This has been a very badly kept secret. Ontario has been losing thousands of man-hours of work and natural resources worth thousands and probably millions of dollars. Highway 11 is being pounded daily by a flotilla of trucks and in both Latchford and Temagami there have been concerns about pedestrian and traffic safety.
It is known that the trucks are carrying mine concentrates from Sudbury to be refined in Noranda, Que.
There appears to have been a total news blackout. One might have expected the unions to be howling and protesting. But little or nothing has hit the headlines. Perhaps everyone is scared of the big mining companies.
All this may change Thursday evening when the Latchford town council will consider resolutions directed to Ontario government departments. They will point out that Hwy. 11 is the town’s Main Street. The heavy traffic is wearing down the recently renovated pavement and that the trucks often appear to be traveling in convoys of eight to nine vehicles which makes life very difficult for pedestrians and automobile drivers.
According to a reliable source, the Municipality of Temagami protested to the Ministry of Transport some months ago.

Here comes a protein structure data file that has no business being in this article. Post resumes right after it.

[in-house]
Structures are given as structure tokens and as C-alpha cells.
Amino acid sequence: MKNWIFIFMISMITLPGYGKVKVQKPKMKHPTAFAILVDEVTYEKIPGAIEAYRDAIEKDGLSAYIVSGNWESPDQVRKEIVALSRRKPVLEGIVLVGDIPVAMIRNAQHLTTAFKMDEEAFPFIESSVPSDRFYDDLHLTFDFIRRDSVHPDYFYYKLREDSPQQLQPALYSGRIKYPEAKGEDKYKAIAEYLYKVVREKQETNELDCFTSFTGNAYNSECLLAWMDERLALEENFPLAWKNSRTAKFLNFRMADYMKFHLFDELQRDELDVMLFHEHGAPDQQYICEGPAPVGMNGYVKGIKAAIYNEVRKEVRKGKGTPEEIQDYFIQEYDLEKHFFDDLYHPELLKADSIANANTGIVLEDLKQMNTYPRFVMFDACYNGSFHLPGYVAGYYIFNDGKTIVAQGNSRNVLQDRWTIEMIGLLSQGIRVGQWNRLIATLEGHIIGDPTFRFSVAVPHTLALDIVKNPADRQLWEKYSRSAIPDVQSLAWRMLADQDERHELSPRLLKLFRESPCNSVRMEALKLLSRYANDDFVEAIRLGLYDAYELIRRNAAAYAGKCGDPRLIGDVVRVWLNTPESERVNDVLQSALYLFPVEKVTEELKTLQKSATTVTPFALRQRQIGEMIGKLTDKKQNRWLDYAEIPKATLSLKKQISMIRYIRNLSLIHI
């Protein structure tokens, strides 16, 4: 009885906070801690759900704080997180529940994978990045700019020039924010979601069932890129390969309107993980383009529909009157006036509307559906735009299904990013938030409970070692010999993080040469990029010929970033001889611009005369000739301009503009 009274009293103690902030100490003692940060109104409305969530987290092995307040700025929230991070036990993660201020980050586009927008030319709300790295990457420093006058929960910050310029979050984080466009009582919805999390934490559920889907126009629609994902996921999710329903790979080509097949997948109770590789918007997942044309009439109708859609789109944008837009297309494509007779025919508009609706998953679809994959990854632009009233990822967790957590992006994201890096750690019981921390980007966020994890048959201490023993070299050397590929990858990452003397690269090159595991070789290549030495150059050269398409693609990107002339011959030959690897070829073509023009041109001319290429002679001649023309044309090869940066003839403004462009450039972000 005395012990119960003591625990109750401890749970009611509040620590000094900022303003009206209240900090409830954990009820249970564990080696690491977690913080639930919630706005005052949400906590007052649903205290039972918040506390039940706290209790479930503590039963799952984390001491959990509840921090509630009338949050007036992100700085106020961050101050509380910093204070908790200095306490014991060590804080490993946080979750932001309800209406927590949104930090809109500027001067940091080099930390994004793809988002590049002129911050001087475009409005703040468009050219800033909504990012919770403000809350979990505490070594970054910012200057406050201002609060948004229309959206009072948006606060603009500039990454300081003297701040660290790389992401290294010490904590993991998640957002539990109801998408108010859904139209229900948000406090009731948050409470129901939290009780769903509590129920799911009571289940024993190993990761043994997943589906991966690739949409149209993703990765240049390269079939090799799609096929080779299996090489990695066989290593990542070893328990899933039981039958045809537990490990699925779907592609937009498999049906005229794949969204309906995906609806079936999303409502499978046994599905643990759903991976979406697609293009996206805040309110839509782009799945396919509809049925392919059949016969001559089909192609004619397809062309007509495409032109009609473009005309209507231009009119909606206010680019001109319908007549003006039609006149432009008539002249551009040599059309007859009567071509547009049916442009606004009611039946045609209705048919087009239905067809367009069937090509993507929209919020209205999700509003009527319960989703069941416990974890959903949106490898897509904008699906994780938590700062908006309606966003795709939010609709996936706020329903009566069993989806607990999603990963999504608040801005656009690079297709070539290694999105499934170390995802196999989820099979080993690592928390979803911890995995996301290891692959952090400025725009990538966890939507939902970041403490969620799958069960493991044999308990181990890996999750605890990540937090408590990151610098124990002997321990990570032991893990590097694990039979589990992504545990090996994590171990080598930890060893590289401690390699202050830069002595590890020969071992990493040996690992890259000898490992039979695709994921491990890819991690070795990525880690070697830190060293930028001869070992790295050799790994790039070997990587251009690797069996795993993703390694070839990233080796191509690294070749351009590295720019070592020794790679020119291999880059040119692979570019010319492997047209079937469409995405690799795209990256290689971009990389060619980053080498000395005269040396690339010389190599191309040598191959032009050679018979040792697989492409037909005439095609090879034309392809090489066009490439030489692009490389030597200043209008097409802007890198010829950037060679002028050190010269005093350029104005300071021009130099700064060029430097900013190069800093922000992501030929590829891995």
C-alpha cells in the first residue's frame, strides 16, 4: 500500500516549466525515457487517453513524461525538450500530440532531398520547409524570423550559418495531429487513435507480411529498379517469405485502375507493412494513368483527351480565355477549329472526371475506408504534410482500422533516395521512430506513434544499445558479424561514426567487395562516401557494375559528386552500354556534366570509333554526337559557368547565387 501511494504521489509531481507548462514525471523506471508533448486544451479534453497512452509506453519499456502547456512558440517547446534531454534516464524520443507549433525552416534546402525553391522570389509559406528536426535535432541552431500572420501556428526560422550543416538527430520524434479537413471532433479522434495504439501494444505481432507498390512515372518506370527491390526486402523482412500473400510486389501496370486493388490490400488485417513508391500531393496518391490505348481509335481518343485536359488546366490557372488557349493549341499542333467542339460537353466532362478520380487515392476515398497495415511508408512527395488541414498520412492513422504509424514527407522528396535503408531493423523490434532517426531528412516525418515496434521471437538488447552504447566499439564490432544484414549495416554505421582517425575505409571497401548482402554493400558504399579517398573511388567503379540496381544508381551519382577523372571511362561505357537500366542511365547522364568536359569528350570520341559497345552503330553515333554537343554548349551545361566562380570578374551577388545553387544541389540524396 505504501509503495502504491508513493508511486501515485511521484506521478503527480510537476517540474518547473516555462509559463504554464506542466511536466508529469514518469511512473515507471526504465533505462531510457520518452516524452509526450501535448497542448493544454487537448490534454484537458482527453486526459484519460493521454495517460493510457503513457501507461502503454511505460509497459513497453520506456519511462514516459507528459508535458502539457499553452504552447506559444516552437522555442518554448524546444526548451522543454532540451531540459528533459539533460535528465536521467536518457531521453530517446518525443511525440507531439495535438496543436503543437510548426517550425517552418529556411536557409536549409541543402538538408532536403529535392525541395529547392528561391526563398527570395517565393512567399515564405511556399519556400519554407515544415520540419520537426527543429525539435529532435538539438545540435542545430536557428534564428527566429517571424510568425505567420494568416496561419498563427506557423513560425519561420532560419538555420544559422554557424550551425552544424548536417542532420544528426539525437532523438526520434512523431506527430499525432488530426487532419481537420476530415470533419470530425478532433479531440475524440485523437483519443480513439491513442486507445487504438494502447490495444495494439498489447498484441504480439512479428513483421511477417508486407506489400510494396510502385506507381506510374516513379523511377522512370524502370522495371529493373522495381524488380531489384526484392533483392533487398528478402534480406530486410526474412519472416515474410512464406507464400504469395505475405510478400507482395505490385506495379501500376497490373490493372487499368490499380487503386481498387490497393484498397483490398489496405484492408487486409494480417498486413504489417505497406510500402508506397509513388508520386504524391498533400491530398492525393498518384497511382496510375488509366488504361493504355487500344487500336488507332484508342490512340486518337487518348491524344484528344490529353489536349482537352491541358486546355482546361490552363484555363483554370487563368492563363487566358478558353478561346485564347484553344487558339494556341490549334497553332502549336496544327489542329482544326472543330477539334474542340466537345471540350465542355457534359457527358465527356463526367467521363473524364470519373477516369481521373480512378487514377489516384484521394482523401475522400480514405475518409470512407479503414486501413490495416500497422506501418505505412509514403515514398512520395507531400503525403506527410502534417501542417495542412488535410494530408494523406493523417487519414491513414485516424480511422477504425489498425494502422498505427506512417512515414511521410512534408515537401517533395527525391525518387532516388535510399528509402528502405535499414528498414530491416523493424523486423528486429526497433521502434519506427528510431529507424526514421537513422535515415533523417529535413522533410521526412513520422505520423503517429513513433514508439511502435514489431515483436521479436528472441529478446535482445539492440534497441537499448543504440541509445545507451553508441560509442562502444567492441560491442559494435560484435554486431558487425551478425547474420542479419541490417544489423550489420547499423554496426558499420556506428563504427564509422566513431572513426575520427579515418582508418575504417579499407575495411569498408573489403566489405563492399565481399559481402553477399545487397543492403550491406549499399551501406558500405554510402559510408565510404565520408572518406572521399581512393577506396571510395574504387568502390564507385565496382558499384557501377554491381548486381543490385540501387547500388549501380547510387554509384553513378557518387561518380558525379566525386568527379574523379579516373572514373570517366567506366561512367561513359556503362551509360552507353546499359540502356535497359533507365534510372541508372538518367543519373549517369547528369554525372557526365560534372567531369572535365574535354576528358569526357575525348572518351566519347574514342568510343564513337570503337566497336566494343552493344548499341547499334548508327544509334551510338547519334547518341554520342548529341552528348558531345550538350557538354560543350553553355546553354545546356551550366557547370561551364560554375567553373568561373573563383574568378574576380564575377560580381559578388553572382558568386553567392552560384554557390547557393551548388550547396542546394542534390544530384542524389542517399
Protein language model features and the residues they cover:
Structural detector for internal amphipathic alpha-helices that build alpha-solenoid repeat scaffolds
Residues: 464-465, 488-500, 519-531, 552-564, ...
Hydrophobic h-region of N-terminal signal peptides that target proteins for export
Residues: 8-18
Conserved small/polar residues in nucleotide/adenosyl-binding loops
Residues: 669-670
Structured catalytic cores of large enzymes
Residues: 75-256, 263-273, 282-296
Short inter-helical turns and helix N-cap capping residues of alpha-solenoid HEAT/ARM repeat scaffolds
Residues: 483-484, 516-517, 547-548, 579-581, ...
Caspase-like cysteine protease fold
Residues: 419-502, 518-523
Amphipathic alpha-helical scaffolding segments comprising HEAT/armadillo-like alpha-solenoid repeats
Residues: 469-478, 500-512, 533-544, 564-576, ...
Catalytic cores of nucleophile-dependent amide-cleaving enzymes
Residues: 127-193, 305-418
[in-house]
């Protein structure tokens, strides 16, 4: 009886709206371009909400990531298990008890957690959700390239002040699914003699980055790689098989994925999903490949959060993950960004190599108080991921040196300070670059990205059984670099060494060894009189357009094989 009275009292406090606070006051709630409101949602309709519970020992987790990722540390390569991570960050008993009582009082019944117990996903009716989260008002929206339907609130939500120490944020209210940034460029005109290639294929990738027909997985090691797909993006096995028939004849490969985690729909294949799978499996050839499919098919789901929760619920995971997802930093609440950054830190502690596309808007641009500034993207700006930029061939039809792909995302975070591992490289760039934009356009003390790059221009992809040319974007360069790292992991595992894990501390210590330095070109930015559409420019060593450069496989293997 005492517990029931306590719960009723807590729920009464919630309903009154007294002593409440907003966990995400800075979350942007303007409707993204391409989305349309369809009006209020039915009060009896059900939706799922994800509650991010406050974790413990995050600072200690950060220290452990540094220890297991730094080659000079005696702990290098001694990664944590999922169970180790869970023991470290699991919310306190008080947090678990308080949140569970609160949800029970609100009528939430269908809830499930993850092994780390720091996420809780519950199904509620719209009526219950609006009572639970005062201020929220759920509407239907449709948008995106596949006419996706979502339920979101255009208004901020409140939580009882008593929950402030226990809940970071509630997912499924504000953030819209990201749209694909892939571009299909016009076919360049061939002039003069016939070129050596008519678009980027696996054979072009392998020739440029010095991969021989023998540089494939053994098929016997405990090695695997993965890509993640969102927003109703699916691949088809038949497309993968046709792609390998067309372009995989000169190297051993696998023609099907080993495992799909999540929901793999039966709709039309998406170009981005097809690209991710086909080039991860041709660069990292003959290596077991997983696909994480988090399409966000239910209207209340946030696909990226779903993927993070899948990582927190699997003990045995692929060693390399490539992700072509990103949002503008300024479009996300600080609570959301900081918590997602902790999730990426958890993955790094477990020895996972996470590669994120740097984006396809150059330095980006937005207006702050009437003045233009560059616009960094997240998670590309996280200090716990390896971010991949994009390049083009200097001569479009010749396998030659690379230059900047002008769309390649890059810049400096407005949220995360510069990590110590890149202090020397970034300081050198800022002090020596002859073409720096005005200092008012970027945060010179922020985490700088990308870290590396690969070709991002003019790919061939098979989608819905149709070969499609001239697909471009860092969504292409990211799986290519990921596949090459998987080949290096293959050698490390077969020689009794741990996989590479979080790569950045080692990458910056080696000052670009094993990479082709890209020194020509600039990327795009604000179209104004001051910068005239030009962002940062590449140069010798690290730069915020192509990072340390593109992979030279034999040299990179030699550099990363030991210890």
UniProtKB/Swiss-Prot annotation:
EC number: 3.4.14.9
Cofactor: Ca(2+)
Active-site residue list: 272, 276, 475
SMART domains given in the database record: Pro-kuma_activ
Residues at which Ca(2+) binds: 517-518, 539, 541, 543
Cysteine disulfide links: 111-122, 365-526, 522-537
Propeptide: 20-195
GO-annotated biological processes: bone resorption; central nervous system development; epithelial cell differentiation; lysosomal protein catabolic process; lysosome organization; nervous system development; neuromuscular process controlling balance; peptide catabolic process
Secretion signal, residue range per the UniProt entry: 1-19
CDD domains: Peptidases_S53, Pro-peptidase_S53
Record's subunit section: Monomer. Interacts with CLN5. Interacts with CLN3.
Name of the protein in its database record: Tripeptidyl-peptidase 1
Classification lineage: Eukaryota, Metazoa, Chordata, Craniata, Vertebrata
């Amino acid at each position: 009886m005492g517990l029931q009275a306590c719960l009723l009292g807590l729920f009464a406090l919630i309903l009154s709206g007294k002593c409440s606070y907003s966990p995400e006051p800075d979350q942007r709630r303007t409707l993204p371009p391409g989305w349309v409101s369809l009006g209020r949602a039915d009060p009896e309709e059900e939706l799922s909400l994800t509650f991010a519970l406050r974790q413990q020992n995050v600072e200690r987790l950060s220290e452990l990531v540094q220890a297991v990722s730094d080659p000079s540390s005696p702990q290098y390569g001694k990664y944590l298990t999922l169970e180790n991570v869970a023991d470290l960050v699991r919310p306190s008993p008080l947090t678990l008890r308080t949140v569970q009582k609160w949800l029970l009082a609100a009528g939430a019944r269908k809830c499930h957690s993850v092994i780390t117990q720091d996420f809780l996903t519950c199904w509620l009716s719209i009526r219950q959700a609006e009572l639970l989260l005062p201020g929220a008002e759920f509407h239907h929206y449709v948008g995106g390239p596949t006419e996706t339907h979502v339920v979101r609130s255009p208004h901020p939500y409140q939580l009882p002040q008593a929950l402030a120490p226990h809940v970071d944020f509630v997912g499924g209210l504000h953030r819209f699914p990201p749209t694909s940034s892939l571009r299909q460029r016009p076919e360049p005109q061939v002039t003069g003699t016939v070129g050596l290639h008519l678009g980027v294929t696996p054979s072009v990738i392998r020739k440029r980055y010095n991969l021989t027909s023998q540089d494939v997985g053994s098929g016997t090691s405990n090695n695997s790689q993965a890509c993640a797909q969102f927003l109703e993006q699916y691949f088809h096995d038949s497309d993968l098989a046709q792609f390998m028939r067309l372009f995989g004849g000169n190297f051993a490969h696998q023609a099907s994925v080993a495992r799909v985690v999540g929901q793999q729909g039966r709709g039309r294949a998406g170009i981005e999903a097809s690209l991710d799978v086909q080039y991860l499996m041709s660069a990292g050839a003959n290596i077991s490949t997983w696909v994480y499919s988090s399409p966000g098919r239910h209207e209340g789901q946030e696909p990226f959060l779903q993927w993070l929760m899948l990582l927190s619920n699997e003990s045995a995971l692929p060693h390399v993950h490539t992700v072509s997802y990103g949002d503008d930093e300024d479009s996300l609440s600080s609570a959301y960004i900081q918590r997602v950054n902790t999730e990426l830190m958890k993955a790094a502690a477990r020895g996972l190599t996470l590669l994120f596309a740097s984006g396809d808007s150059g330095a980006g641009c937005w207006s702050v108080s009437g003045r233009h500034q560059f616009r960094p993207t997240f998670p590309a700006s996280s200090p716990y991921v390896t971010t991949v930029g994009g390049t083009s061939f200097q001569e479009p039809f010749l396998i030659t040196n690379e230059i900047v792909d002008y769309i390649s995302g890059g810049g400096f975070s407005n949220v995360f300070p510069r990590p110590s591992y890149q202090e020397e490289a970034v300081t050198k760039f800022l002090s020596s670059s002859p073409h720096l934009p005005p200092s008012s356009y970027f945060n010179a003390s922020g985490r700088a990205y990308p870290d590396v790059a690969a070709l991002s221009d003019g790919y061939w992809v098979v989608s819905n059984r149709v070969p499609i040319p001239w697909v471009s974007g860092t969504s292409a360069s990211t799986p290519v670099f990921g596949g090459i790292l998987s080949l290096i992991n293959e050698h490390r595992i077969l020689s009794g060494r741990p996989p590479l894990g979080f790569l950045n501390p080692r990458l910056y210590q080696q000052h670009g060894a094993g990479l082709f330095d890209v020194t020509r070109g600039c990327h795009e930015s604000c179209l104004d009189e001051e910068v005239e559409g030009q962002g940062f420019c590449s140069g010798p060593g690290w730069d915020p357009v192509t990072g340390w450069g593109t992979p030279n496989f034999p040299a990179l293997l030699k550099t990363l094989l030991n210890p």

People with mining connections believe that what is happening at Sudbury is a repetition of the situation at Timmins not long ago. There, the Kidd Creek refinery was closed down with the loss of some 600 jobs. Concentrates are being shipped to Noranda mostly because Ontario’s Hydro rates are now excessive and cannot compete with other jurisdictions.
The situation is making many wonder about the future of the Ring of Fire mining development and the promised chromite smelter near Sudbury. The latest $1 billion Liberal boondoggle will drive Hydro rates even higher. Refining Ontario mined minerals may soon be a fiscal impossibility.
Others are suggesting that it is an extension of the Rick Bartolucci plans for Northern development. After killing off the Ontario Northland Railway, the idea is to depopulate Northern Ontario. All mining will be reduced to digging holes in the ground and everything of value is to be shipped out of the province.
Anything is possible but those trucks are still roaring up and down the highway carrying Ontario wealth and jobs to Quebec.
For the original version of this column, click here: http://www.nugget.ca/2013/10/11/ontario-jobs-driven-to-quebec